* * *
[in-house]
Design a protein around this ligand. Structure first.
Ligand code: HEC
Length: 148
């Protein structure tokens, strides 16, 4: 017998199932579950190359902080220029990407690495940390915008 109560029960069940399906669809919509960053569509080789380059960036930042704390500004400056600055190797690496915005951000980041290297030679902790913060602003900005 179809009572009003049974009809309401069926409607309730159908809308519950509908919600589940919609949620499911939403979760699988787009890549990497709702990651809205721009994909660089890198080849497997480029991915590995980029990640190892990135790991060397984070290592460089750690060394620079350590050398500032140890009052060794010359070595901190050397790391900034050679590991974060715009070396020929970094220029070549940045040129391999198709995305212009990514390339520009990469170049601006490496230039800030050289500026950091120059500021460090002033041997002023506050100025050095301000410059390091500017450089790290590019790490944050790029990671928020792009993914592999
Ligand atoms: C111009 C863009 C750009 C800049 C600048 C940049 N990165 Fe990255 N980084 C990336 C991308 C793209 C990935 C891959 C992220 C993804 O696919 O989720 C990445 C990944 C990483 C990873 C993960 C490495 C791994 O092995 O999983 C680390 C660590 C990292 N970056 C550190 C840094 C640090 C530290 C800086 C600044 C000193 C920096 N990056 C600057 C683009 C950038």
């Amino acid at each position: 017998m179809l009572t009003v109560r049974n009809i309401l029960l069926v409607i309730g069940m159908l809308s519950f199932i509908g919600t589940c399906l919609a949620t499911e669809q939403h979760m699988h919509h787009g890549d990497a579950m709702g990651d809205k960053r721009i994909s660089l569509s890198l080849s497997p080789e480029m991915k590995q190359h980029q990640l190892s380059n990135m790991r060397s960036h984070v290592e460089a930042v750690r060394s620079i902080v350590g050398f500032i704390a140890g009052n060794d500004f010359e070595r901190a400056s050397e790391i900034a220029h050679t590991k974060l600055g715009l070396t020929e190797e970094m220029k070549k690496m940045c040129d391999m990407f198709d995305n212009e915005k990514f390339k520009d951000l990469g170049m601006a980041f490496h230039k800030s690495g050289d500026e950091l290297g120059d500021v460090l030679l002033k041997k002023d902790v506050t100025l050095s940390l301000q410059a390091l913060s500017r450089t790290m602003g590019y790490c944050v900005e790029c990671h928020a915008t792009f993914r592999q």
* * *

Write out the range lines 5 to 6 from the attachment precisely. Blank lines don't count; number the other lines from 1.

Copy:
């Protein structure tokens, strides 16, 4: 017998199932579950190359902080220029990407690495940390915008 109560029960069940399906669809919509960053569509080789380059960036930042704390500004400056600055190797690496915005951000980041290297030679902790913060602003900005 179809009572009003049974009809309401069926409607309730159908809308519950509908919600589940919609949620499911939403979760699988787009890549990497709702990651809205721009994909660089890198080849497997480029991915590995980029990640190892990135790991060397984070290592460089750690060394620079350590050398500032140890009052060794010359070595901190050397790391900034050679590991974060715009070396020929970094220029070549940045040129391999198709995305212009990514390339520009990469170049601006490496230039800030050289500026950091120059500021460090002033041997002023506050100025050095301000410059390091500017450089790290590019790490944050790029990671928020792009993914592999
Ligand atoms: C111009 C863009 C750009 C800049 C600048 C940049 N990165 Fe990255 N980084 C990336 C991308 C793209 C990935 C891959 C992220 C993804 O696919 O989720 C990445 C990944 C990483 C990873 C993960 C490495 C791994 O092995 O999983 C680390 C660590 C990292 N970056 C550190 C840094 C640090 C530290 C800086 C600044 C000193 C920096 N990056 C600057 C683009 C950038």